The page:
It was Obama’s war, and there was a lot of reluc­tance in Con­gress to take this on, par­tic­u­lar­ly among Democ­rats,” says Shireen Al-Adei­mi, a Yemeni Amer­i­can activist and pro­fes­sor at Michi­gan State Uni­ver­si­ty. Still, advo­cates with groups like Win With­out War, Just For­eign Pol­i­cy and the Yemen Peace Project worked to raise pub­lic aware­ness of the war’s hor­rors, lob­by­ing Con­gress and the White House.

In May 2016, Oba­ma can­celed the deliv­ery of 400 Tex­tron clus­ter bombs to Sau­di Ara­bia. In Decem­ber 2016, two months after a Sau­di airstrike hit a funer­al hall and killed more than 100 peo­ple in the Yemeni cap­i­tal of Sanaa, he halt­ed the sale of 16,000 pre­ci­sion guid­ed bombs from Raytheon, a deal worth $350 mil­lion. Those two deci­sions account­ed for only a frac­tion of over­all arms sales to the Saud­is, and the flow of most weapons con­tin­ued unchecked.


When Trump took office in Jan­u­ary 2017, he made it a pri­or­i­ty to strength­en the U.S.-Saudi rela­tion­ship, which had tak­en a hit after Obama’s nuclear deal with Iran. As part of that bid, Trump reversed Obama’s deci­sion to halt the $350 mil­lion Raytheon order.

Trump’s first over­seas vis­it, in May 2017, was to Sau­di Ara­bia, a jaunt to strength­en the alliance against Iran and get Sau­di Ara­bia to sign on to Trump’s plans for an Israeli-Pales­tin­ian peace deal. Dur­ing that vis­it, the Unit­ed States agreed to sell Sau­di Ara­bia $110 bil­lion in Amer­i­can weapons, with an option for a total of $350 bil­lion over the next decade.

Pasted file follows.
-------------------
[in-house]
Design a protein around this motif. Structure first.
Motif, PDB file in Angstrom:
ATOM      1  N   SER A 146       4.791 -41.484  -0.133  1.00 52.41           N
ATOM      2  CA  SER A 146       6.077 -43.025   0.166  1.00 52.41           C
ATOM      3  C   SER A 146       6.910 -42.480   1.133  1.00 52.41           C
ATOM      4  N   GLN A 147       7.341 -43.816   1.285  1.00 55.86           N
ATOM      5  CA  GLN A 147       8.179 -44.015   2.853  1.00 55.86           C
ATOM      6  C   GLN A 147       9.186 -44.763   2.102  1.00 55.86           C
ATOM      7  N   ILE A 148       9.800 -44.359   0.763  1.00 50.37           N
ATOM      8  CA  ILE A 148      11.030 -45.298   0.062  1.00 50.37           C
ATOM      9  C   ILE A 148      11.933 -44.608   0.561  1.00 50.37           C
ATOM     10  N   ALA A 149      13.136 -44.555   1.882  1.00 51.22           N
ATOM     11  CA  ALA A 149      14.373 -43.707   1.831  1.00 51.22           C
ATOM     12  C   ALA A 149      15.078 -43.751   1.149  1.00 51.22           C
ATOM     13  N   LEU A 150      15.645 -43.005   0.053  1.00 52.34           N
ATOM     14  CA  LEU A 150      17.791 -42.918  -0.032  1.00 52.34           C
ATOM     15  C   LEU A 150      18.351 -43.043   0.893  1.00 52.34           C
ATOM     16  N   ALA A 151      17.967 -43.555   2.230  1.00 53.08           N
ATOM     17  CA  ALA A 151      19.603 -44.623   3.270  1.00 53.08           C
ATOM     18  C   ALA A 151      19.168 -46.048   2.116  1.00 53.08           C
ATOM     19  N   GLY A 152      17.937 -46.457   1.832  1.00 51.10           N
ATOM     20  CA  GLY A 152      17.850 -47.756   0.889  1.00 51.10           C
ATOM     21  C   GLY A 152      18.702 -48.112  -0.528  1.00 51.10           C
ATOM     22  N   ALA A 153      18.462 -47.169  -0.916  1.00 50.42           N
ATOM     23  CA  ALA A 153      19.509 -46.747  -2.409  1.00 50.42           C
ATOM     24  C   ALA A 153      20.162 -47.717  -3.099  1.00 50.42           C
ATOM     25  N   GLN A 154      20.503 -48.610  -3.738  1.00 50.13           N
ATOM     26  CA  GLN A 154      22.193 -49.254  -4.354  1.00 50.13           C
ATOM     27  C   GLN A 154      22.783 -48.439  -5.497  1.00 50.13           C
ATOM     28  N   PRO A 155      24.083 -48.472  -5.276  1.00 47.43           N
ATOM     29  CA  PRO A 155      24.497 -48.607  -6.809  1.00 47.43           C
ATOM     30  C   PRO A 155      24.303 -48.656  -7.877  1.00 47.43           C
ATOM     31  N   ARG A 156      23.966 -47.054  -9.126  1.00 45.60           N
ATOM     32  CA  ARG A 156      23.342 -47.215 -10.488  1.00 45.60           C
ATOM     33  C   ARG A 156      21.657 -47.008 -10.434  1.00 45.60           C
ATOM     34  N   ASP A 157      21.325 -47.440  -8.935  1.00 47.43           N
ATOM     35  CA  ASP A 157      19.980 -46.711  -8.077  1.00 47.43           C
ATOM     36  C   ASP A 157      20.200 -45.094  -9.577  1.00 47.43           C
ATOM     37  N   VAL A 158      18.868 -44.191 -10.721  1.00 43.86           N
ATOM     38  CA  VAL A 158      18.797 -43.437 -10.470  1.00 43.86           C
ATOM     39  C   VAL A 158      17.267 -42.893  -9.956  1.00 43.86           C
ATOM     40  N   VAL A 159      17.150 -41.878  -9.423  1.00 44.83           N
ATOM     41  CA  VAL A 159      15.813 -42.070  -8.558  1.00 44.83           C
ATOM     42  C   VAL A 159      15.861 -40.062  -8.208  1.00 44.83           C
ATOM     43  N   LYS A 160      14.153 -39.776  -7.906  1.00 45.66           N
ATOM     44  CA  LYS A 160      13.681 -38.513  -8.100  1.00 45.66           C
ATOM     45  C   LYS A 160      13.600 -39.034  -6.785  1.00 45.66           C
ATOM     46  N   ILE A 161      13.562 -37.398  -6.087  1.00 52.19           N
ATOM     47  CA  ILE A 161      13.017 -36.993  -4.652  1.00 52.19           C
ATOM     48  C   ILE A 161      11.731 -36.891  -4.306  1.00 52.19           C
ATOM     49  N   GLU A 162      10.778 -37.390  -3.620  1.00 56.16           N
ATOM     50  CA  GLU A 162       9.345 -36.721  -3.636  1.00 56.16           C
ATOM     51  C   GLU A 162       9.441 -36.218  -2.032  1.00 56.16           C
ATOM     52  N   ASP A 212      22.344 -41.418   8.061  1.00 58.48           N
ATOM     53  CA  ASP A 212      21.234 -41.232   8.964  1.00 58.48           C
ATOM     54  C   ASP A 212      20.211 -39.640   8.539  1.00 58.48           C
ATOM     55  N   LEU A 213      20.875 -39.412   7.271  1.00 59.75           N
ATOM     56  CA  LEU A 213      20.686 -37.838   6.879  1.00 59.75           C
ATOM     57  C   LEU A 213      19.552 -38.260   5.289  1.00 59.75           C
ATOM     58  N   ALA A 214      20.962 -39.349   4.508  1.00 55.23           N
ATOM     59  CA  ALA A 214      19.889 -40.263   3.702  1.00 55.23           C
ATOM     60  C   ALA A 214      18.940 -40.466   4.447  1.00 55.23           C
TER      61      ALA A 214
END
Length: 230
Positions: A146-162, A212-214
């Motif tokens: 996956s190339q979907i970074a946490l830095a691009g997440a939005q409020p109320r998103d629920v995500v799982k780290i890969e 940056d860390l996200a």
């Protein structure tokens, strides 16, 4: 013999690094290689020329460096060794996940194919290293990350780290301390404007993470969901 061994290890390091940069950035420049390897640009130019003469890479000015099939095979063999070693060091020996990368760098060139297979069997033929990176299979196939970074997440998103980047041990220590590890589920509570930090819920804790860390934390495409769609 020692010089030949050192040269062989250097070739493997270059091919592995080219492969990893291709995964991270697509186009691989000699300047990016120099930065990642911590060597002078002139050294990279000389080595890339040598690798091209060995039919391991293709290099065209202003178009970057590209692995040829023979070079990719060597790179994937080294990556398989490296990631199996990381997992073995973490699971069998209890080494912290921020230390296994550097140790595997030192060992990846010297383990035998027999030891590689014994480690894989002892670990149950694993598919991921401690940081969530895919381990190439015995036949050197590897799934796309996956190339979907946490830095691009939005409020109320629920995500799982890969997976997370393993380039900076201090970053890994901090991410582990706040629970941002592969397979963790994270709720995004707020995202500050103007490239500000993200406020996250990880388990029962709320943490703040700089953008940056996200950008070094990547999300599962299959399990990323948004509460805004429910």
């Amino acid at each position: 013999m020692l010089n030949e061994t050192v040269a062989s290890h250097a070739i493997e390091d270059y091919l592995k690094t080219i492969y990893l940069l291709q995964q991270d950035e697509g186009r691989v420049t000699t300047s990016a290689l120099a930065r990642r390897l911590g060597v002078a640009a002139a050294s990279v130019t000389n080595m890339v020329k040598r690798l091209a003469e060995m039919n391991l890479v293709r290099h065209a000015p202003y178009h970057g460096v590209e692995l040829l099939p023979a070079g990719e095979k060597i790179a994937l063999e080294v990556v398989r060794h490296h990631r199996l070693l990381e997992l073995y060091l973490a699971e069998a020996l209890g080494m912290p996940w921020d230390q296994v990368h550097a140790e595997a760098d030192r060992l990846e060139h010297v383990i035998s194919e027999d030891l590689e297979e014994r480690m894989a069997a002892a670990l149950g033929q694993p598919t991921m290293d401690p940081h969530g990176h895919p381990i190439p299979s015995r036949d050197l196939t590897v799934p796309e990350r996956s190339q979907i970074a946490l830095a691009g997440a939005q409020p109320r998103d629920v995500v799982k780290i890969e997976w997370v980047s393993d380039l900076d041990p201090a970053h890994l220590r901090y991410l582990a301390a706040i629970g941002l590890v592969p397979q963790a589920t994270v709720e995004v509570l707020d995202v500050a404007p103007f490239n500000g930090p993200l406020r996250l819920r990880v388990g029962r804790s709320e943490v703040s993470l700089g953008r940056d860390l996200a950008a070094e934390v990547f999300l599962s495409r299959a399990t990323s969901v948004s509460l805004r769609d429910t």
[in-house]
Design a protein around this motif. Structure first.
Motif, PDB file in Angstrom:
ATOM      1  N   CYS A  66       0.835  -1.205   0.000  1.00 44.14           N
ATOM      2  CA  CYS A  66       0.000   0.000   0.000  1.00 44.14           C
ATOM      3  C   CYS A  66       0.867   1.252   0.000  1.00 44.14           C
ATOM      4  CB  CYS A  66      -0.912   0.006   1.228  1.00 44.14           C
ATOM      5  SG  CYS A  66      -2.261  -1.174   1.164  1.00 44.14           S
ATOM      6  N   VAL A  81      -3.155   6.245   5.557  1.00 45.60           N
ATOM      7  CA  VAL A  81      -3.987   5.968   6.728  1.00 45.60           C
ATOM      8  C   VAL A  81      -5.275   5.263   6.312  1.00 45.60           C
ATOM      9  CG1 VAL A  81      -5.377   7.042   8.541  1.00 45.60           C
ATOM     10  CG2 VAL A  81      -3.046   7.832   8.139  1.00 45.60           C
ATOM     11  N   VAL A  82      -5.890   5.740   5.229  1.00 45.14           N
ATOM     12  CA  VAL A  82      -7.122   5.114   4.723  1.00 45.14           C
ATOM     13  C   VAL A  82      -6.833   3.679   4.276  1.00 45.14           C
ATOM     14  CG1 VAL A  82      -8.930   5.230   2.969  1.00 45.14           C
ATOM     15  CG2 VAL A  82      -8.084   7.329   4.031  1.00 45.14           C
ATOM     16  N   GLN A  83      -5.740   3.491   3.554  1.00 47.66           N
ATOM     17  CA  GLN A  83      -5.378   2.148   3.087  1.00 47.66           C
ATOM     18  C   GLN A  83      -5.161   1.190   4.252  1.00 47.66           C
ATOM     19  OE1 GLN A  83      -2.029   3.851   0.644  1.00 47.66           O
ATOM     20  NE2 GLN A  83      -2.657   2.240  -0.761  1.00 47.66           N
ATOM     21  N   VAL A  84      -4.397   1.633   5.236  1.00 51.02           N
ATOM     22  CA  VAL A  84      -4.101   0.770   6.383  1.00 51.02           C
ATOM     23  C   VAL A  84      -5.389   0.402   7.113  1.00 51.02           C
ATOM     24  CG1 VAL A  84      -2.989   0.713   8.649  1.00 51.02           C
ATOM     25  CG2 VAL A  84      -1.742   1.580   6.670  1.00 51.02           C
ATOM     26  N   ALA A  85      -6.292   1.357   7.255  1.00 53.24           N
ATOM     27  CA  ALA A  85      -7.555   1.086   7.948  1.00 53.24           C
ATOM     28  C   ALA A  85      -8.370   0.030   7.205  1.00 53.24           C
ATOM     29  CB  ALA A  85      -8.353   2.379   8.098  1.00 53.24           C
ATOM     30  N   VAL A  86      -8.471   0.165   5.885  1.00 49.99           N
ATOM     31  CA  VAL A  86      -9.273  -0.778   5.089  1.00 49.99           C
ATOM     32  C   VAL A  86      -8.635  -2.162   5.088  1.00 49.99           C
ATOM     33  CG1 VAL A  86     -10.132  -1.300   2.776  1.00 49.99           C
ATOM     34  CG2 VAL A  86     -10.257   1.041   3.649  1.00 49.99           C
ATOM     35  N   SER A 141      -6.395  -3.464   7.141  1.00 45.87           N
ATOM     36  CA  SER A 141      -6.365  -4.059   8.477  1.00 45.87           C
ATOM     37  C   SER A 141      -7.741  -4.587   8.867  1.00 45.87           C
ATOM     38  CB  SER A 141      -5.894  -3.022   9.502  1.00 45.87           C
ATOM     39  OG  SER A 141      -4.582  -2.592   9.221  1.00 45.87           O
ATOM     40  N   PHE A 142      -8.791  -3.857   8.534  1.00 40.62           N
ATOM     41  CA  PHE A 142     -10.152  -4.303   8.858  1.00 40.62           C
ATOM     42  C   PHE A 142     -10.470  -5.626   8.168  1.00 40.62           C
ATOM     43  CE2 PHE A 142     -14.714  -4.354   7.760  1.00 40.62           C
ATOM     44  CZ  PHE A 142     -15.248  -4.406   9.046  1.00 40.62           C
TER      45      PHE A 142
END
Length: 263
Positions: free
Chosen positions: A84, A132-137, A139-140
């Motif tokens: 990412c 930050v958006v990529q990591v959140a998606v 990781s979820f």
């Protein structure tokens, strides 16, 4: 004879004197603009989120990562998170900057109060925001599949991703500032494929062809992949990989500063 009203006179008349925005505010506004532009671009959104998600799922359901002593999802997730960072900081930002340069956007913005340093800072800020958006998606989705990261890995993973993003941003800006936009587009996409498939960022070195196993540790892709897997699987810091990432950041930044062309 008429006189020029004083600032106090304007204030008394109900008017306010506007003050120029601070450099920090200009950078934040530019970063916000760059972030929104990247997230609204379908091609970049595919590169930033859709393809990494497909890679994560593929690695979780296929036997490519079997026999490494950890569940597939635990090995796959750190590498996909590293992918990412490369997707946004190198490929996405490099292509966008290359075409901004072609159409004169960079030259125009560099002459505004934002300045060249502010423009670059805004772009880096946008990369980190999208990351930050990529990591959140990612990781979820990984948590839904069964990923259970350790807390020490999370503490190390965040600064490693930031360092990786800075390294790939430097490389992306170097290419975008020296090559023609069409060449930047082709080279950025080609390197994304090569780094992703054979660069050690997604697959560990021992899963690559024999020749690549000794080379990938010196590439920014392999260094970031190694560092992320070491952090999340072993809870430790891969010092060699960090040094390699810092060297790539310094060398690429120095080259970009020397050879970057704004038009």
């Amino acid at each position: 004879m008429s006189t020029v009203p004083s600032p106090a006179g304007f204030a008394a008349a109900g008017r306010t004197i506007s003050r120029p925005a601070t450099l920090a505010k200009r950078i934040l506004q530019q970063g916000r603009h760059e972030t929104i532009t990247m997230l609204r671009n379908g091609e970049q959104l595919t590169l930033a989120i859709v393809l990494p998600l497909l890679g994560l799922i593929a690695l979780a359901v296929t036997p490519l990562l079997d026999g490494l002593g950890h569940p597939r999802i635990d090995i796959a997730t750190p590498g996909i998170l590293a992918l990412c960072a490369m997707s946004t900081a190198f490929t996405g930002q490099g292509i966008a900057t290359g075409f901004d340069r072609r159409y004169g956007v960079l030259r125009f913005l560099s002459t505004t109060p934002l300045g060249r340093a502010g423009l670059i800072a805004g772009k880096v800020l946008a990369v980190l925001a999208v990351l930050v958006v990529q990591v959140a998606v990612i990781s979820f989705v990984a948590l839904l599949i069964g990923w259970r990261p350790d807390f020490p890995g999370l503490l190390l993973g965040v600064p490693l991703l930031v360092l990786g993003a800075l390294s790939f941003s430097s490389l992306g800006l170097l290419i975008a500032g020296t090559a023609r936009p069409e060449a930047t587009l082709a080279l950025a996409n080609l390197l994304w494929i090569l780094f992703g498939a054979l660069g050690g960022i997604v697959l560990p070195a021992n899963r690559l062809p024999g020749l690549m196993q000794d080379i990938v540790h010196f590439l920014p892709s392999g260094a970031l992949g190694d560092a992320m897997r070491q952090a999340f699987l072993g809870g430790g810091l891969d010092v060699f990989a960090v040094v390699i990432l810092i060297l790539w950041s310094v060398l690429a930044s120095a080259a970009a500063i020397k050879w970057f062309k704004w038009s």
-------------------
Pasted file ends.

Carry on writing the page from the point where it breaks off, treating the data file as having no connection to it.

Trump boast­ed his deals would bring 500,000 jobs to the Unit­ed States, but his own State Depart­ment put the fig­ure at tens of thousands.

On May 20, 2017, Trump and King Salman bin Abdu­laz­iz Al Saud presided over Boeing’s and Raytheon’s sign­ings of Mem­o­ran­dums of Agree­ment with Sau­di Ara­bia for future busi­ness. Raytheon used the oppor­tu­ni­ty to open a new divi­sion, Raytheon Sau­di Ara­bia. This strate­gic part­ner­ship is the next step in our over 50-year rela­tion­ship in the King­dom of Sau­di Ara­bia,” Raytheon CEO Thomas A. Kennedy told share­hold­ers. Togeth­er, we can help build world-class defense and cyber capabilities.”

The ink was bare­ly dry before $500 mil­lion of the deal was threat­ened by a bill, intro­duced by Sen. Rand Paul (R‑Ky.) in May 2017, to block the sale of bombs to Sau­di Ara­bia. In response, Boe­ing and Raytheon hired lob­by­ing firms to make their case.